Pet Cemetery Cenote – Mayan Underworld

Pet cemetery diving cenote

Mayan Underworld

Yucatan has the world’s largest underground rivers system, there are over a thousand of them and hundreds of miles of water filled tunnels beneath the limestone surface of the Peninsula, they are called CENOTES and there is nothing like it anywhere else in the world.

The underworld of the cenotes is probably one of the most beautiful things I’ve ever seen. The water is around 23 C° and incredible crystal clear, there are hundreds of different formations everywhere, the roofs are covered entirely by beautiful and extremely fragile stalactites and creating almost a surreal mirror effect with the stalagmites all over the floor and even more, beyond those tunnels and caves that stretch away into the blackness.
Maybe just a third of this huge underground water system has been explored. The feeling in the cenotes is so inspiring that it feels like as soon as you dive in you are transported to another world.
Cenotes were formed during periods of lowered sea levels about 10, 000 years ago and are mainly formed from limestone and calcium carbonate, they were a very important ritual centers for the Mayan culture. Mayans believed they were doorways to the underworld, hence why so many archeological remains found.

Pet cementary cenote

One of my favorite cenotes is called Pet Cemetery due to its animal remains found on. It has two different caves in it that I love for its unique and extraordinary beauty, one of them is called the Blue Abyss and truly my favorite is the Dark Side of the Moon.

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Pet cementary cenote

So let’s take a short trip to The Dark Side of The Moon.

Everything starts in one of the most gorgeous entrances to a dive site I’ve ever seen, a very rustic wooden staircase that’s leads to this incredible turquoise blue crystal clear water, you jump into the water with about 50 kg of equipment ready for a 3 hours dive, swim in the surface for about 15 minutes surrounded by such a spectacular cavern that I start to understand why Mayans believe they were sacred places.

Pet cementary cenote

Finally I get to the point where I have to submerge and start the dive, I follow a continuous guide line all the time so I don’t get lost in the immensity of the cave, 5 minutes right after the dive there is this place full of columns so astonishing that your eyes barely can resist not to cry, then you follow that line right through a few large rooms, small and even smaller right in where there is just enough space for you and your tanks, then you get to this place in where the formations looks like ice-creams cones upside-down you keep going thinking that is impossible you find something better than that and then you get to this room entirely covered by the most beautiful and unique formations that looks like crystal straws, all translucent and so thin that literally you can break them with the exhaust of your bubbles, and the cave goes and goes until you get to this place so tiny that you can barely move around plagued of this pillars for what it looks like melted wax… and this is the time my air get to the point I have to turn around and head my long way to the exit. But I know it worth every breath and every second in the moment I put my head out of the water and there is nothing but this incomparable feeling of freedom and peace.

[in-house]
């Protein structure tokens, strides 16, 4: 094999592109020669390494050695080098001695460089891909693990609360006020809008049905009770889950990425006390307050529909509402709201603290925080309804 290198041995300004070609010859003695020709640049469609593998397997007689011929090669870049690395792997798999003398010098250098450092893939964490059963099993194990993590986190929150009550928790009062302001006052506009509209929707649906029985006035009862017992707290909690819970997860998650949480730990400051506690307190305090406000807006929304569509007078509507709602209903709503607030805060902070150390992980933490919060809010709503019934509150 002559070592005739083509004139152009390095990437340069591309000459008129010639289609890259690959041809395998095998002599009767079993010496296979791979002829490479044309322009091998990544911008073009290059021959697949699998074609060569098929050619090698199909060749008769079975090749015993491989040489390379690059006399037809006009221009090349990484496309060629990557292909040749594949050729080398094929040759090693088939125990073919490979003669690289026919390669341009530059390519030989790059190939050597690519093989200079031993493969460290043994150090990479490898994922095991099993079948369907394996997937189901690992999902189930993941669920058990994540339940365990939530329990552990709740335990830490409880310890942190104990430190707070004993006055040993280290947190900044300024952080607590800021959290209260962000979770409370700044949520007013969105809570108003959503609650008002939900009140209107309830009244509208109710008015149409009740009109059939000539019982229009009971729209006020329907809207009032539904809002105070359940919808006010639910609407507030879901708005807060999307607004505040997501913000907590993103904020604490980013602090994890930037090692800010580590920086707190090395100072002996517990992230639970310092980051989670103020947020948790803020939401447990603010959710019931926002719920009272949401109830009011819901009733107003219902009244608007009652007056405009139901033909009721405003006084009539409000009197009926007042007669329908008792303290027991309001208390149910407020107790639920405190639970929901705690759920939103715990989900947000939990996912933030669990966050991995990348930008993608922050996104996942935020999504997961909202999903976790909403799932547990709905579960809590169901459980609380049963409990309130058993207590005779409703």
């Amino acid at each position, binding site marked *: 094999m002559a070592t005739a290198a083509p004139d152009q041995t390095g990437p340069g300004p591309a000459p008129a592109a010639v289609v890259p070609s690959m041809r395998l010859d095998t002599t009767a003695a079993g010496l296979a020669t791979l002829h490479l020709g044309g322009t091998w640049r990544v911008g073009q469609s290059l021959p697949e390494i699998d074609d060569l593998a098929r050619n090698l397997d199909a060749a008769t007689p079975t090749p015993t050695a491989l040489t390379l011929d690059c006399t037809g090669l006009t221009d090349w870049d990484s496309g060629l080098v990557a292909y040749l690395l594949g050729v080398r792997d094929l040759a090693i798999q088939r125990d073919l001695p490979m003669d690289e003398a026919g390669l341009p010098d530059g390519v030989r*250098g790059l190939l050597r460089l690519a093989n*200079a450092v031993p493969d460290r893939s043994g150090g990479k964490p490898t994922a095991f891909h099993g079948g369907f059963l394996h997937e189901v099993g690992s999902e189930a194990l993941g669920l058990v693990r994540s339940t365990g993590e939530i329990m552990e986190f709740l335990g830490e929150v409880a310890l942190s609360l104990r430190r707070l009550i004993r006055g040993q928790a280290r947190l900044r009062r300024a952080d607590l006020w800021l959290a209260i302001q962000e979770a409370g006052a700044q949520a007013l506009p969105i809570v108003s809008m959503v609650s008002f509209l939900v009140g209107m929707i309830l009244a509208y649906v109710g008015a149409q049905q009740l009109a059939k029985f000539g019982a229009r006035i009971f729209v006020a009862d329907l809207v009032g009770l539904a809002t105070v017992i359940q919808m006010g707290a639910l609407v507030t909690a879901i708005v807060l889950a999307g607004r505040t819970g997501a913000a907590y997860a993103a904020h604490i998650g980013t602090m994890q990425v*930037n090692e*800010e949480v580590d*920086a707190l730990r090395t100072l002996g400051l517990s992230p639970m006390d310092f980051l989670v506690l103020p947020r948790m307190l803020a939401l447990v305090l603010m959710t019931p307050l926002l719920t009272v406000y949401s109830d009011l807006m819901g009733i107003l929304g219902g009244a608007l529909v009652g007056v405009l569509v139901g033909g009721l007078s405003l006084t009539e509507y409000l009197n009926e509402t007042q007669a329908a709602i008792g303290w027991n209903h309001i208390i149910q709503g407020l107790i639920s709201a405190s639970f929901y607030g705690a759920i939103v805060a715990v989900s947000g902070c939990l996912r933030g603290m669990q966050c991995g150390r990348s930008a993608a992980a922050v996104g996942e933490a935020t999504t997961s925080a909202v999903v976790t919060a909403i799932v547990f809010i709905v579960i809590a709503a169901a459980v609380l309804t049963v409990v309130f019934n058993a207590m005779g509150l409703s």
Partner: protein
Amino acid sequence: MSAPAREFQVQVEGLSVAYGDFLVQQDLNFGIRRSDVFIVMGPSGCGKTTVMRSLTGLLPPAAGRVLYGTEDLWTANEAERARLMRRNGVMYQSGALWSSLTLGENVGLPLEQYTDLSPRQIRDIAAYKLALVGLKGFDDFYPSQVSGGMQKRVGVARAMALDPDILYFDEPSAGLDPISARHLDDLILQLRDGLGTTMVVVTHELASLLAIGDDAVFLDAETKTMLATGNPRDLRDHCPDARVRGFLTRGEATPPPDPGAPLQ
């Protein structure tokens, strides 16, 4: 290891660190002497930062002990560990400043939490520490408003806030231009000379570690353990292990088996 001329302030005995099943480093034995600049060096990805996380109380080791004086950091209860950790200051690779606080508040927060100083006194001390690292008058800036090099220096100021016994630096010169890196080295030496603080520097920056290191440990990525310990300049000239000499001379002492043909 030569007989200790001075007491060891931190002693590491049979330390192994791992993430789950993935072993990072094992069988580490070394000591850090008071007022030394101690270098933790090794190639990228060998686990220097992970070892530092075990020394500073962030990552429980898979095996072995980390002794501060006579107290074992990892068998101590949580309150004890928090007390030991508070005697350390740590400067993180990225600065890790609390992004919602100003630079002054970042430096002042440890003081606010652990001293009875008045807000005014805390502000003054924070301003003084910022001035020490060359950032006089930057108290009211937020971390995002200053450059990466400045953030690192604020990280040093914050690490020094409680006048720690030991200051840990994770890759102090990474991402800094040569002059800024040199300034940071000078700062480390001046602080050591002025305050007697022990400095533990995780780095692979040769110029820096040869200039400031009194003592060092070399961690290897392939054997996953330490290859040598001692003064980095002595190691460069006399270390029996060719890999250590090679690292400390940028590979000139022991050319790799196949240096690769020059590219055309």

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Pet cementary cenote

About the Author:

Gustavo has been travelling the world since he was 14 years old. At that young age ee went to Japan all by himself to live and study with monks for a year. He came back to Mexico City, where he is originally from, to finish school. Gustavo started university in Mexico and later he got a full scholarship to study in Cambridge, England.

After that he decided to work on cruise ships. He travelled the seven seas for over six years working on the bridge of the ships.

Three years ago he settled down in Playa del Carmen, Mexico. He is the most passionate cave diver I know and his incredible photographic memory is like another guiding line. He will not get lost down there!

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